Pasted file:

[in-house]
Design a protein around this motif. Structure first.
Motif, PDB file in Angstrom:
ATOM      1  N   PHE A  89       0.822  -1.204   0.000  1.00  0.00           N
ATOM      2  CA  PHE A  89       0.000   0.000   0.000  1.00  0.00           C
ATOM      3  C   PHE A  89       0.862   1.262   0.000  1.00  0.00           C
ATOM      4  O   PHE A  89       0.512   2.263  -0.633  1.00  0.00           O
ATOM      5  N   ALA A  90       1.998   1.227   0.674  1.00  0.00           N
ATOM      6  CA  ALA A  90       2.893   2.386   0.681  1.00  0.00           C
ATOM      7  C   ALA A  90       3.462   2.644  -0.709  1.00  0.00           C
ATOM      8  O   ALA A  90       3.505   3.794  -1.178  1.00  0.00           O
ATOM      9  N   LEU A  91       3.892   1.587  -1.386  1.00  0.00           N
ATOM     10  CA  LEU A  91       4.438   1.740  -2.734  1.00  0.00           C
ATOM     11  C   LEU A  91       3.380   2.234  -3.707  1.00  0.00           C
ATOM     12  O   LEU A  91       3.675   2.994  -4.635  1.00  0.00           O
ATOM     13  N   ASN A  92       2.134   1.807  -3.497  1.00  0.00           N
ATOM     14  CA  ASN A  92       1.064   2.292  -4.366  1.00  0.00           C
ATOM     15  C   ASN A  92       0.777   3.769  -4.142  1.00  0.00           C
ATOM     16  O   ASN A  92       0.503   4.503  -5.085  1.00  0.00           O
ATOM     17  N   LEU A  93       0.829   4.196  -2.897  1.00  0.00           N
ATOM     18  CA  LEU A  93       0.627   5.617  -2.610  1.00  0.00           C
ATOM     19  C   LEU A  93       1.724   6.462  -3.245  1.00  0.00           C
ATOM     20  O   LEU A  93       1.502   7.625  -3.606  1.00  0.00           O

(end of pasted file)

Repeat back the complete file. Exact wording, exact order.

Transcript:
[in-house]
Design a protein around this motif. Structure first.
Motif, PDB file in Angstrom:
ATOM      1  N   PHE A  89       0.822  -1.204   0.000  1.00  0.00           N
ATOM      2  CA  PHE A  89       0.000   0.000   0.000  1.00  0.00           C
ATOM      3  C   PHE A  89       0.862   1.262   0.000  1.00  0.00           C
ATOM      4  O   PHE A  89       0.512   2.263  -0.633  1.00  0.00           O
ATOM      5  N   ALA A  90       1.998   1.227   0.674  1.00  0.00           N
ATOM      6  CA  ALA A  90       2.893   2.386   0.681  1.00  0.00           C
ATOM      7  C   ALA A  90       3.462   2.644  -0.709  1.00  0.00           C
ATOM      8  O   ALA A  90       3.505   3.794  -1.178  1.00  0.00           O
ATOM      9  N   LEU A  91       3.892   1.587  -1.386  1.00  0.00           N
ATOM     10  CA  LEU A  91       4.438   1.740  -2.734  1.00  0.00           C
ATOM     11  C   LEU A  91       3.380   2.234  -3.707  1.00  0.00           C
ATOM     12  O   LEU A  91       3.675   2.994  -4.635  1.00  0.00           O
ATOM     13  N   ASN A  92       2.134   1.807  -3.497  1.00  0.00           N
ATOM     14  CA  ASN A  92       1.064   2.292  -4.366  1.00  0.00           C
ATOM     15  C   ASN A  92       0.777   3.769  -4.142  1.00  0.00           C
ATOM     16  O   ASN A  92       0.503   4.503  -5.085  1.00  0.00           O
ATOM     17  N   LEU A  93       0.829   4.196  -2.897  1.00  0.00           N
ATOM     18  CA  LEU A  93       0.627   5.617  -2.610  1.00  0.00           C
ATOM     19  C   LEU A  93       1.724   6.462  -3.245  1.00  0.00           C
ATOM     20  O   LEU A  93       1.502   7.625  -3.606  1.00  0.00           O